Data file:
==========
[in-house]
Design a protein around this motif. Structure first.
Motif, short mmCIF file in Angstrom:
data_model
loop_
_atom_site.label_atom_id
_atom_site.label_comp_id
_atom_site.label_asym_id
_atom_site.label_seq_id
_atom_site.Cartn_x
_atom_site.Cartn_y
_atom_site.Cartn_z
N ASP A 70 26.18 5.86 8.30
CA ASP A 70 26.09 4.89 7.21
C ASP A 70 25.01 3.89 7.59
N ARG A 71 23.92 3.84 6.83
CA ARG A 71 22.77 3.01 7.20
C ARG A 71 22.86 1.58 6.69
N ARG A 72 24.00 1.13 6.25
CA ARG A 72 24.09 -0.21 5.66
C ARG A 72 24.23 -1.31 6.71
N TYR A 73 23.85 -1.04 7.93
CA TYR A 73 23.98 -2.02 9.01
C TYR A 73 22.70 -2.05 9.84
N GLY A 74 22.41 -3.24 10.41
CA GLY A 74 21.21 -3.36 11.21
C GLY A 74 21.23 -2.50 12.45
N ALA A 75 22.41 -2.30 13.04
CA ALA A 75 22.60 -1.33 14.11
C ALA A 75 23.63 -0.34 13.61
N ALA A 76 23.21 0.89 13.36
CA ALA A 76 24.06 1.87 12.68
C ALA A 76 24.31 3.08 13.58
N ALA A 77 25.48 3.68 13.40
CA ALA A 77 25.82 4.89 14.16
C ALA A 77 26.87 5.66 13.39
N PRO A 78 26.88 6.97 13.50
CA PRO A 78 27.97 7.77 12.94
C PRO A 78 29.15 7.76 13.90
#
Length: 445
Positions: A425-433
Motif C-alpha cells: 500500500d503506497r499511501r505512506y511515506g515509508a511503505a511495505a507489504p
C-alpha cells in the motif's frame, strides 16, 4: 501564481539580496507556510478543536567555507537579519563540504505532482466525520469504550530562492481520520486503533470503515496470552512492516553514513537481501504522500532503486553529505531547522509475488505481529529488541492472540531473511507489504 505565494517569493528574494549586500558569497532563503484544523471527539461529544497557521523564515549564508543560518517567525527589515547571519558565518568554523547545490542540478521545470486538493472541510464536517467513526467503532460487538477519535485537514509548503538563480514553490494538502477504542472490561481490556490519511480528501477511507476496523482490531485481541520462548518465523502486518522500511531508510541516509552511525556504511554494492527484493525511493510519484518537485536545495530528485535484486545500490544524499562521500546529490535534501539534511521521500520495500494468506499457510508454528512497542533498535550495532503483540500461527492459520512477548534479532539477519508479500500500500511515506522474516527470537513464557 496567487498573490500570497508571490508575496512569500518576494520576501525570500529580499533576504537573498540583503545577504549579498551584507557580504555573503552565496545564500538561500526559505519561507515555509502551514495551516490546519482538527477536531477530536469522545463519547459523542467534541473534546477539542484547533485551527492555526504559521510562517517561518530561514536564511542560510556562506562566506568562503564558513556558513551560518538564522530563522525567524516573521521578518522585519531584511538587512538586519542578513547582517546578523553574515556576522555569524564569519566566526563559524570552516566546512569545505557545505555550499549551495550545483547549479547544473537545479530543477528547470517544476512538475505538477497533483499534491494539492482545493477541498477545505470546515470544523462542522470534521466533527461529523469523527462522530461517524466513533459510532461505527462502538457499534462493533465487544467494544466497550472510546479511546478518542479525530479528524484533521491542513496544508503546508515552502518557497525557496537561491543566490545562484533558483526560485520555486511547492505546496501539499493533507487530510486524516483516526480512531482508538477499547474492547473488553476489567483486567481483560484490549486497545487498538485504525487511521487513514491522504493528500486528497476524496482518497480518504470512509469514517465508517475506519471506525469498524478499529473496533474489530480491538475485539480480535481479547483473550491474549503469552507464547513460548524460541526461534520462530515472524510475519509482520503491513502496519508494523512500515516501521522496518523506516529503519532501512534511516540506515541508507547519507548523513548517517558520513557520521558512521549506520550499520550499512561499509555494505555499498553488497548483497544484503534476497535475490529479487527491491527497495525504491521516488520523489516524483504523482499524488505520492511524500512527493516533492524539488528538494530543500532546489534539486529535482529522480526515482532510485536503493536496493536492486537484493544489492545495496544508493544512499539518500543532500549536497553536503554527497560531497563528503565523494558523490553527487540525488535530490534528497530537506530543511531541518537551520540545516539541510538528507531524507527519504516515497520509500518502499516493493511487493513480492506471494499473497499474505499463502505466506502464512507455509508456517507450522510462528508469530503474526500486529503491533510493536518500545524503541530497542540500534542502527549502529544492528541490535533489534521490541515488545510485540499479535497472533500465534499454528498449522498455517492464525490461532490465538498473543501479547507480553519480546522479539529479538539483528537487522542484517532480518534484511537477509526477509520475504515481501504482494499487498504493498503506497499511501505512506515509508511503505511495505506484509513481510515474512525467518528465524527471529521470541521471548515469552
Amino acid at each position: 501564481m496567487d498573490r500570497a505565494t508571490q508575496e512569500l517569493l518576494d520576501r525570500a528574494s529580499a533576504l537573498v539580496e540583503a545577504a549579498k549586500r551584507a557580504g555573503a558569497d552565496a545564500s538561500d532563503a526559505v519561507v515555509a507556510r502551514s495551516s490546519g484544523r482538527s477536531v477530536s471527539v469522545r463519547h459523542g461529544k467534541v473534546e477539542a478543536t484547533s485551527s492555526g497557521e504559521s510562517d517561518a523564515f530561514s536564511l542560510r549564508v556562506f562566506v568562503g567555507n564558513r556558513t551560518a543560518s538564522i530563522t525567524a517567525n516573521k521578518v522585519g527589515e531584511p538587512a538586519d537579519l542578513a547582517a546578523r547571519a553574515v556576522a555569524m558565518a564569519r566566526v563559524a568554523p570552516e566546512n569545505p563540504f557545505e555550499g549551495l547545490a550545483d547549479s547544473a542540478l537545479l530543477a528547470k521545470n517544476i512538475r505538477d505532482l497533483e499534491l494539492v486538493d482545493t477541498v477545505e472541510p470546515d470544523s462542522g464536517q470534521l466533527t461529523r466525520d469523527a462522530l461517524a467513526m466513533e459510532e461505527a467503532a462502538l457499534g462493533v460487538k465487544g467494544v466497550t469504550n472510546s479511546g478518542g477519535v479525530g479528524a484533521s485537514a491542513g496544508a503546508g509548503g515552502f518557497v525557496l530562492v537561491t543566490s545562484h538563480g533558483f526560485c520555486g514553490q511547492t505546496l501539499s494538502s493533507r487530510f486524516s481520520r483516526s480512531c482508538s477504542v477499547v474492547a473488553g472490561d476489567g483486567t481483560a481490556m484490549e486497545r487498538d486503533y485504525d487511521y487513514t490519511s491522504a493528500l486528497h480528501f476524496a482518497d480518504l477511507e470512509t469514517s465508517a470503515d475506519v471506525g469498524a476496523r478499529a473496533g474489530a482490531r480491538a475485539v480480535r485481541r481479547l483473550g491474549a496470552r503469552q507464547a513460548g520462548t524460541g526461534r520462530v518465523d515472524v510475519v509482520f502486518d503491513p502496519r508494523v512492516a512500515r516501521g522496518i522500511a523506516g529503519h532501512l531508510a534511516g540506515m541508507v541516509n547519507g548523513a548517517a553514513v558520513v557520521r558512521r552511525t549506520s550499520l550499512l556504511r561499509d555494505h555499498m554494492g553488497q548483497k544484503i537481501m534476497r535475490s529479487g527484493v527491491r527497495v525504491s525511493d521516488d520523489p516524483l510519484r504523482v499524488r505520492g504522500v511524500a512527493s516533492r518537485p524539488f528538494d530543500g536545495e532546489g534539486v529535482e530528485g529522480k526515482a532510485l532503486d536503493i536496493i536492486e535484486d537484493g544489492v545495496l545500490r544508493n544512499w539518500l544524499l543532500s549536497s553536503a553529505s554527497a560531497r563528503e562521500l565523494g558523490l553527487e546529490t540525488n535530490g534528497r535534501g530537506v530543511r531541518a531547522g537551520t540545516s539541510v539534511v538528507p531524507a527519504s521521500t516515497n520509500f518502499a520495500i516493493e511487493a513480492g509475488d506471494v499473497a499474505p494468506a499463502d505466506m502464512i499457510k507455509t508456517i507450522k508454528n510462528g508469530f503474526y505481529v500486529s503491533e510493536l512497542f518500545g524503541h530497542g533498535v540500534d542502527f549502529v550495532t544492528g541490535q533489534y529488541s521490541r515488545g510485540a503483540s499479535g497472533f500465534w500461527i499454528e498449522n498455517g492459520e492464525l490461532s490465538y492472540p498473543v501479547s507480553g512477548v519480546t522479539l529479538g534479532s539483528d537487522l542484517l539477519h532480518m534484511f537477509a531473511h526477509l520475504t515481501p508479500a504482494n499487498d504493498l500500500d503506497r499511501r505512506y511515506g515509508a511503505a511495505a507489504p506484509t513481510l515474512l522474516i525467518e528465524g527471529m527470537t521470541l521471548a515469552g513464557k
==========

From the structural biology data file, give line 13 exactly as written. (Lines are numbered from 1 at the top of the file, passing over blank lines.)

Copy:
N ASP A 70 26.18 5.86 8.30